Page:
By glorious chance or fate, Alissa Sallah was interning at Helioscope, and Leila had a great feeling she’d be perfect for the colors. And then we learned she had editing experience, and I really loved her suggestions and directions for Sleepless, so we asked if she’d be open to also editing the comic, and she said yes! And when we say editor, she really takes apart the plot, the script, and keeps me on task for making the story the best it can be. She pushes us in directions that have only made the book better.
Leila brought in Deron for letters, and he’s been a dream to work with. Really wonderful and talented and skilled, and I’ve learned a huge amount about the lettering side of comics from him. He’s always been open to answering even the smallest of questions I have about lettering standards, which I have to say, have never been intuitive for me.
Nrama: Alissa, what was your color theory when taking on Leila's sequentials?
Alissa Sallah: What I noticed about Leila’s work before Sleepless was that she uses a very lively line, with each mark adding a lot to the gesture. I felt it would distract from those nice lines to do too much rendering so I decided to use a simple wash style so that the color highlights those lines. I have a similar concept of watercolor washes with my own work, so that made it pretty intuitive to start coloring for Leila.
The setting influences color a lot as well; since Sleepless takes place in an old world kind of setting, I wanted to keep the tone more natural without looking drab. I rarely get very saturated and I try to keep the palettes soft and cohesive. It’s especially fun to portray mood with the colors. The story is very character and emotionally driven, so I let those feelings dictate the palettes of a scene.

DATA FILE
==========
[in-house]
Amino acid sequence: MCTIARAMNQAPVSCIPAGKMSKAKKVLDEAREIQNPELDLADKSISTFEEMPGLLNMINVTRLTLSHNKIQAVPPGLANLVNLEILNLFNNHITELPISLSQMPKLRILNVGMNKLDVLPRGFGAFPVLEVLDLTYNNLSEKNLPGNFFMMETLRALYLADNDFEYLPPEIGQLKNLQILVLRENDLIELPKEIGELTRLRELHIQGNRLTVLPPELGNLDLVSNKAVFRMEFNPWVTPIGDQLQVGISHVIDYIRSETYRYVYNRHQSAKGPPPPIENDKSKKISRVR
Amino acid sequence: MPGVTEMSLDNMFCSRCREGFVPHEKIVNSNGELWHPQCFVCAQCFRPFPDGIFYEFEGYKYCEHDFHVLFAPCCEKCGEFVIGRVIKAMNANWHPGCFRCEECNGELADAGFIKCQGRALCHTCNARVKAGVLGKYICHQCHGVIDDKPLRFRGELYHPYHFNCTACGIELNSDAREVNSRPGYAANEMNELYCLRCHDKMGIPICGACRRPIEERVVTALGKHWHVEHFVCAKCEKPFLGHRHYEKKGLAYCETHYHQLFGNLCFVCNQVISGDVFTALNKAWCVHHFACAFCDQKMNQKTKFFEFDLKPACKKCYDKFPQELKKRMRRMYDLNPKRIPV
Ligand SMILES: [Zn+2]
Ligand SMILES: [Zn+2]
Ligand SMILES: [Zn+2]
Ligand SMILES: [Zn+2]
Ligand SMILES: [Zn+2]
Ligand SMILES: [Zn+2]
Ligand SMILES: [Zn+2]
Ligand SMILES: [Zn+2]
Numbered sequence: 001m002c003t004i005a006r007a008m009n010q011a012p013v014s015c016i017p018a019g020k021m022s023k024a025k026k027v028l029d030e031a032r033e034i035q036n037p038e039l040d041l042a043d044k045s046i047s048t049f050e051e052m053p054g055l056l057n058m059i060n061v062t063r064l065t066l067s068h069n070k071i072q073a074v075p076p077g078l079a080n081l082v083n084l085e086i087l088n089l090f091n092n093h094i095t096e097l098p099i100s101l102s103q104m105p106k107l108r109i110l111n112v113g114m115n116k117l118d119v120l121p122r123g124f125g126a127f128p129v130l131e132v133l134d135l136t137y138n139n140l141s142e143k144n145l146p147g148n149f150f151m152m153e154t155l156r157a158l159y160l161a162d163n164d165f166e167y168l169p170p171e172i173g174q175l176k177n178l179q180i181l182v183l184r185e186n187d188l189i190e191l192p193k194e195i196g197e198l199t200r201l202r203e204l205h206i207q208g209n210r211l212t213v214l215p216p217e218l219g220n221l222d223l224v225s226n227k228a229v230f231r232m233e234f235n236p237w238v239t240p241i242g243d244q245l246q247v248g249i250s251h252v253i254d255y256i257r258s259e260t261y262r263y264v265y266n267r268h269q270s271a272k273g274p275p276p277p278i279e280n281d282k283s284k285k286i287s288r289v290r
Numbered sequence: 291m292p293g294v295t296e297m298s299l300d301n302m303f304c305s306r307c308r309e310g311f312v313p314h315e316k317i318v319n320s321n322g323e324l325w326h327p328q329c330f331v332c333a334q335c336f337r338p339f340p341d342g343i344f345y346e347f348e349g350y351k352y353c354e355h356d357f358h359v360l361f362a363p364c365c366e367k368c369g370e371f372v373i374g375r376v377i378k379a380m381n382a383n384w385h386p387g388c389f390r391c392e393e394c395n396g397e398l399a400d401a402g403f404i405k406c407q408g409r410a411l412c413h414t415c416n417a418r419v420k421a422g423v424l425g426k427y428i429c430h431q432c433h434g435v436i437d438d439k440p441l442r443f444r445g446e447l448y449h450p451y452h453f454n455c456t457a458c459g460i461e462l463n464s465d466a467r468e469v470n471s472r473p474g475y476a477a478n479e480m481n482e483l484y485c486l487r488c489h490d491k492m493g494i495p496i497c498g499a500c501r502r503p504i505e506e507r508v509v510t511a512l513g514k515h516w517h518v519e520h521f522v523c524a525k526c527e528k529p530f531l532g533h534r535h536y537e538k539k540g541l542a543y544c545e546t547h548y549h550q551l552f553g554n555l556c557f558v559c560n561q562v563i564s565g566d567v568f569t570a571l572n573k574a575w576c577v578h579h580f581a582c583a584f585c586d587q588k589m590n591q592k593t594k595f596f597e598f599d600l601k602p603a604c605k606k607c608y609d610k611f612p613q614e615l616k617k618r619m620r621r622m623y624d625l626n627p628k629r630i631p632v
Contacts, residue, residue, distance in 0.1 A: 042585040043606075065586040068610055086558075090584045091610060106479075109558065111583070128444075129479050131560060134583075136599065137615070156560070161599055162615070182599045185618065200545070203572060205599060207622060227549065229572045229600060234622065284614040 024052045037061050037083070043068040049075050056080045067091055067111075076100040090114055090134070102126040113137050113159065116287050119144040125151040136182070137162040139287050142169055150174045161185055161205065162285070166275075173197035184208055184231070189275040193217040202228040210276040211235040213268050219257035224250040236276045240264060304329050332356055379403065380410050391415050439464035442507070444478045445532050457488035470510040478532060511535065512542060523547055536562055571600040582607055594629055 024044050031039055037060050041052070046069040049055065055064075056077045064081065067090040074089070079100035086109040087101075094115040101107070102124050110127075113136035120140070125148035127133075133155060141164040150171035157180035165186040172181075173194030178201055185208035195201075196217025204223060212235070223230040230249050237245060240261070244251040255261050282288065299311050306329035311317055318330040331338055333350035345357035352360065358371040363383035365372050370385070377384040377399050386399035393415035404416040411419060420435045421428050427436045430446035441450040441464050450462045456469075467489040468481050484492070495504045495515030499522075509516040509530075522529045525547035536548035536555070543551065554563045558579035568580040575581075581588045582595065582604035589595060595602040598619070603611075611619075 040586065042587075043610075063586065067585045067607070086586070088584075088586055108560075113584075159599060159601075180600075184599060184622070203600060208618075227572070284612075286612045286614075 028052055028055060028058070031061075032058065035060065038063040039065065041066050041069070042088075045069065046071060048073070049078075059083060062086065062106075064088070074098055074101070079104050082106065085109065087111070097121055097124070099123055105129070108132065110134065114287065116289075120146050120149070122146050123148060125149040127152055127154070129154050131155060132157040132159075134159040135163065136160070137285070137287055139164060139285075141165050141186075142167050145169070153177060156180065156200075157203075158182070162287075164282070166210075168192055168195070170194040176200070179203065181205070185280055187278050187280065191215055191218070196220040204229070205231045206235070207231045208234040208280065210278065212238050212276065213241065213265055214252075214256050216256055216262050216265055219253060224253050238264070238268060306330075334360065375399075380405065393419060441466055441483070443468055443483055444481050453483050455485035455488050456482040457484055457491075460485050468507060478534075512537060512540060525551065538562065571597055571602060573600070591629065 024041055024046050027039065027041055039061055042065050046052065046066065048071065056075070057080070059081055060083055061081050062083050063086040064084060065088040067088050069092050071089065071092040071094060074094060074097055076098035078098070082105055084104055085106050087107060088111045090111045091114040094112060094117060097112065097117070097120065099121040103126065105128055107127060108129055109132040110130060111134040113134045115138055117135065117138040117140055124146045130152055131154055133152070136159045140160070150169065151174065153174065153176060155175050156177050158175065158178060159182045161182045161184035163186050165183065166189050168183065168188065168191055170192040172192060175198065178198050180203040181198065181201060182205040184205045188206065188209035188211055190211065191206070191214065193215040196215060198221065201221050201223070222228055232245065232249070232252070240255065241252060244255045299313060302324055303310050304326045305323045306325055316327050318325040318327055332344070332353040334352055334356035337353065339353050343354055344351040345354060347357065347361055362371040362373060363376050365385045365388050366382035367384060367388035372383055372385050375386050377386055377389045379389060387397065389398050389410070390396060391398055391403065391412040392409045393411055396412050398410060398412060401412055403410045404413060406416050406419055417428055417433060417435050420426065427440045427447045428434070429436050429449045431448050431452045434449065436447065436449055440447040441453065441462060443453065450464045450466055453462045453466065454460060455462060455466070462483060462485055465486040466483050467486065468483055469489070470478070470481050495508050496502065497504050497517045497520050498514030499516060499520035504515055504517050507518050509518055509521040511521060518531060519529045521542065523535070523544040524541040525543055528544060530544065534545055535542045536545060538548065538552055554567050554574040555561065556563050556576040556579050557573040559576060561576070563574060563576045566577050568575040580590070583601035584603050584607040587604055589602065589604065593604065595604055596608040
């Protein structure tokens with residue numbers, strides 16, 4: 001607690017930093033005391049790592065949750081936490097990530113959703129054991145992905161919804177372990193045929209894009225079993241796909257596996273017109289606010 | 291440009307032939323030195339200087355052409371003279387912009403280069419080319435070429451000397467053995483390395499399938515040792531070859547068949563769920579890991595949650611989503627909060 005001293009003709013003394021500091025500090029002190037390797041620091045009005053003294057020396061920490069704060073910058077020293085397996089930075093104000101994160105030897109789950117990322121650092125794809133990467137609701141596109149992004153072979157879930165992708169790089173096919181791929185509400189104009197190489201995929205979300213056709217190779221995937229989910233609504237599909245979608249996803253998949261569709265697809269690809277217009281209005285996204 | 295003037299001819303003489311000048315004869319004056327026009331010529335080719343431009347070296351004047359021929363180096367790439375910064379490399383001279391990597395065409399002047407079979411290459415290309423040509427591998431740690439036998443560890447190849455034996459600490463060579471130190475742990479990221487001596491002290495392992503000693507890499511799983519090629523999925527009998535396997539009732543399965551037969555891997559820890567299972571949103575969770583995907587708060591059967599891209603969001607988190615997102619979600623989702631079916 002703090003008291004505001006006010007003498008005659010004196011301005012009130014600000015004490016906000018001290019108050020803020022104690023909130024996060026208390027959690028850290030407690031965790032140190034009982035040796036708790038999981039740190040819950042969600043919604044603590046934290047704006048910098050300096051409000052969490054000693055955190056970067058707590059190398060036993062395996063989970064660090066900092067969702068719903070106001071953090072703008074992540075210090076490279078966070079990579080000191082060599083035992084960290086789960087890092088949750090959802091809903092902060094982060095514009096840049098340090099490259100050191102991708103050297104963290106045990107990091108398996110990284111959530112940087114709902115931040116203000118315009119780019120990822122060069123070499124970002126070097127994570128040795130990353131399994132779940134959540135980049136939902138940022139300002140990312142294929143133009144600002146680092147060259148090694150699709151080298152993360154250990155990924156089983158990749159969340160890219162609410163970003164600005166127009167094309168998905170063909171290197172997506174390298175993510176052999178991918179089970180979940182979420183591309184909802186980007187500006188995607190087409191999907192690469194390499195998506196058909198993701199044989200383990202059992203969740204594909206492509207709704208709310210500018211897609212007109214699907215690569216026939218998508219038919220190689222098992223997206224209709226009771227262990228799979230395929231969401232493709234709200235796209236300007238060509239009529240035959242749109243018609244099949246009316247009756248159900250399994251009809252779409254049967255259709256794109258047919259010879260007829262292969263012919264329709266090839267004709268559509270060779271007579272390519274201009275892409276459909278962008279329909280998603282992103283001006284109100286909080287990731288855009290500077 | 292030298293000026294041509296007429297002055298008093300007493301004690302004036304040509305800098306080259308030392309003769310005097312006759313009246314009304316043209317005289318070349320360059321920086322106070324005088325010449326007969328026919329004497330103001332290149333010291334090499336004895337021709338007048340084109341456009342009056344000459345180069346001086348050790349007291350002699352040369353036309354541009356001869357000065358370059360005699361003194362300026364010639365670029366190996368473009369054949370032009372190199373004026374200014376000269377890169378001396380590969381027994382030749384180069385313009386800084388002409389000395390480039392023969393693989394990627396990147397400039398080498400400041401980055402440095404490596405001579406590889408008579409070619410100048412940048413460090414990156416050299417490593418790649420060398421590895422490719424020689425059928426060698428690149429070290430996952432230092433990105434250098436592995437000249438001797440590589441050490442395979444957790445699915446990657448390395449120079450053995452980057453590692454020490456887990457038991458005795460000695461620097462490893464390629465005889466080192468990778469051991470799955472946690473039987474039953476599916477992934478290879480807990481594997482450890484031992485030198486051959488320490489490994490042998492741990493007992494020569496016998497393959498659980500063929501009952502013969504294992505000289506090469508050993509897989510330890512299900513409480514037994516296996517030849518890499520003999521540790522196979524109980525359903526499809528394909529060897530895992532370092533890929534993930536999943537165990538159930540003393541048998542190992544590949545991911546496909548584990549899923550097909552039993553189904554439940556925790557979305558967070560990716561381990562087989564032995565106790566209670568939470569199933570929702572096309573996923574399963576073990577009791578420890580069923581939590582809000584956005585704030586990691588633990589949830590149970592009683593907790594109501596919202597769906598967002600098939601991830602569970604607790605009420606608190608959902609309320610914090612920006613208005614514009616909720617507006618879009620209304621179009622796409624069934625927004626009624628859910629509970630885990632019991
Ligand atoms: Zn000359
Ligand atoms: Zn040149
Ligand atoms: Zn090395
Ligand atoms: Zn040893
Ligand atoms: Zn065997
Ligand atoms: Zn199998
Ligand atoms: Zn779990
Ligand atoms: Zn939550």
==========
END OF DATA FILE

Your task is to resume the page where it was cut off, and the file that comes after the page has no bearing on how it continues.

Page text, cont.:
Nrama: There's this scene with the Sleepless catacombs so will we dive into their history in the first arc or is that something to be revealed later?
Del Duca: We definitely learn a little bit more about the catacombs throughout this first arc, but I also think we leave them mysterious enough that they’re an open-ended question.
I love when readers are forced to wonder and make up their own ideas about unexplained aspects of a story and the catacombs are a perfect place to leave a bit unexplained.
Nrama: A recurring theme in this was the power of sleep and dreams. Whether it was Poppy's ring or Cyrenic's enchantment, what is it about the world of dreams that is such an important part to this?
Del Duca: The recurring theme and important element here is more about Time.
The people of Harbeny revere Time and their magic is Time-based. Cyrenic’s Sleepless spell, for example, allows him to never sleep, therefore having all the time in the world to watch over Poppy.
Vaughn: Dreams and sleep definitely relate to the Sleepless Knights and the culture that has revolved around them. In the book, the themes also have to do with the way we as humans deal with stress and fear, and how they affect sleep and dreams. But Harbenian culture itself focuses far more on Time, and the Sleepless Knights are the ones to have taken on sleep and dreaming into their own way of life.
Nrama: Sarah, you have a tendency to write self-contained and finite stories, will that be the case with Sleepless?
Vaughn: Yep! It’s hard to explain for me why, but I’m really passionate about standalone stories and limited series. I like things to be complete and definite, without any worry of the future. I’m sure I could anxiously over analyze that, but I love pulling a book off the shelf or pressing play on a show or movie and revisiting it over and over rather than wondering what will happen to my favorite characters next. It’s not better, it’s just what calls to me more.